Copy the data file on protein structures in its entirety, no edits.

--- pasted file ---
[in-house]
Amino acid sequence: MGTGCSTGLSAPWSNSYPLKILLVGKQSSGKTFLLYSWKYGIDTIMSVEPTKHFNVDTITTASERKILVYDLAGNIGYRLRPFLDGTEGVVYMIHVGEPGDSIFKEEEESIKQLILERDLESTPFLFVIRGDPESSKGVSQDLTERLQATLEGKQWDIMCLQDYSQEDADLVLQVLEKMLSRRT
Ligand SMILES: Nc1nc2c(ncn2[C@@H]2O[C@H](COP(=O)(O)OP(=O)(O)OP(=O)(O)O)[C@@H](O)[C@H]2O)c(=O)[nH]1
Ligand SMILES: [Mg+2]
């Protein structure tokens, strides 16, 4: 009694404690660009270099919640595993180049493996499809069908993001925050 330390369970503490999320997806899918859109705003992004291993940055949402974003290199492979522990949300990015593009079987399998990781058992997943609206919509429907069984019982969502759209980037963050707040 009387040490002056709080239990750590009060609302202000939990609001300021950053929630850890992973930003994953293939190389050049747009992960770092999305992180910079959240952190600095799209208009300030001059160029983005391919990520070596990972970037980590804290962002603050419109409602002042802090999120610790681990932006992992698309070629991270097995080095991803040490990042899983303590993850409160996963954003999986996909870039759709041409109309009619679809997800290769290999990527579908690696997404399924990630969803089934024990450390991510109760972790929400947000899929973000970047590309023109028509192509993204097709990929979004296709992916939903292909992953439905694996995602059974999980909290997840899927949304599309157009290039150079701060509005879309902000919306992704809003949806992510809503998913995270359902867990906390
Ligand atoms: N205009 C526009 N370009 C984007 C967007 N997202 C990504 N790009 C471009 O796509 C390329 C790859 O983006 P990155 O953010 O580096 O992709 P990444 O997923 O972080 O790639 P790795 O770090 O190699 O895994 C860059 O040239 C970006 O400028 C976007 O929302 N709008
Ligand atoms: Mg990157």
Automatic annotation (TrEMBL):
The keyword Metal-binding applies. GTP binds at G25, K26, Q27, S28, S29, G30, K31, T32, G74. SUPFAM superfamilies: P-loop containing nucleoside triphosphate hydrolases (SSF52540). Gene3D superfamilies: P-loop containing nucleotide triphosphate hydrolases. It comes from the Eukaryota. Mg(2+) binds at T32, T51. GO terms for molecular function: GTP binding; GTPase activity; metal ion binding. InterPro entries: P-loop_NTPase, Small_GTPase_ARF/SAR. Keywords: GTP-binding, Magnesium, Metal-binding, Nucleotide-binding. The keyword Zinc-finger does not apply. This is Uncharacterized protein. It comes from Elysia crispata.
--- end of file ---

[in-house]
Amino acid sequence: MGTGCSTGLSAPWSNSYPLKILLVGKQSSGKTFLLYSWKYGIDTIMSVEPTKHFNVDTITTASERKILVYDLAGNIGYRLRPFLDGTEGVVYMIHVGEPGDSIFKEEEESIKQLILERDLESTPFLFVIRGDPESSKGVSQDLTERLQATLEGKQWDIMCLQDYSQEDADLVLQVLEKMLSRRT
Ligand SMILES: Nc1nc2c(ncn2[C@@H]2O[C@H](COP(=O)(O)OP(=O)(O)OP(=O)(O)O)[C@@H](O)[C@H]2O)c(=O)[nH]1
Ligand SMILES: [Mg+2]
């Protein structure tokens, strides 16, 4: 009694404690660009270099919640595993180049493996499809069908993001925050 330390369970503490999320997806899918859109705003992004291993940055949402974003290199492979522990949300990015593009079987399998990781058992997943609206919509429907069984019982969502759209980037963050707040 009387040490002056709080239990750590009060609302202000939990609001300021950053929630850890992973930003994953293939190389050049747009992960770092999305992180910079959240952190600095799209208009300030001059160029983005391919990520070596990972970037980590804290962002603050419109409602002042802090999120610790681990932006992992698309070629991270097995080095991803040490990042899983303590993850409160996963954003999986996909870039759709041409109309009619679809997800290769290999990527579908690696997404399924990630969803089934024990450390991510109760972790929400947000899929973000970047590309023109028509192509993204097709990929979004296709992916939903292909992953439905694996995602059974999980909290997840899927949304599309157009290039150079701060509005879309902000919306992704809003949806992510809503998913995270359902867990906390
Ligand atoms: N205009 C526009 N370009 C984007 C967007 N997202 C990504 N790009 C471009 O796509 C390329 C790859 O983006 P990155 O953010 O580096 O992709 P990444 O997923 O972080 O790639 P790795 O770090 O190699 O895994 C860059 O040239 C970006 O400028 C976007 O929302 N709008
Ligand atoms: Mg990157």
Automatic annotation (TrEMBL):
The keyword Metal-binding applies. GTP binds at G25, K26, Q27, S28, S29, G30, K31, T32, G74. SUPFAM superfamilies: P-loop containing nucleoside triphosphate hydrolases (SSF52540). Gene3D superfamilies: P-loop containing nucleotide triphosphate hydrolases. It comes from the Eukaryota. Mg(2+) binds at T32, T51. GO terms for molecular function: GTP binding; GTPase activity; metal ion binding. InterPro entries: P-loop_NTPase, Small_GTPase_ARF/SAR. Keywords: GTP-binding, Magnesium, Metal-binding, Nucleotide-binding. The keyword Zinc-finger does not apply. This is Uncharacterized protein. It comes from Elysia crispata.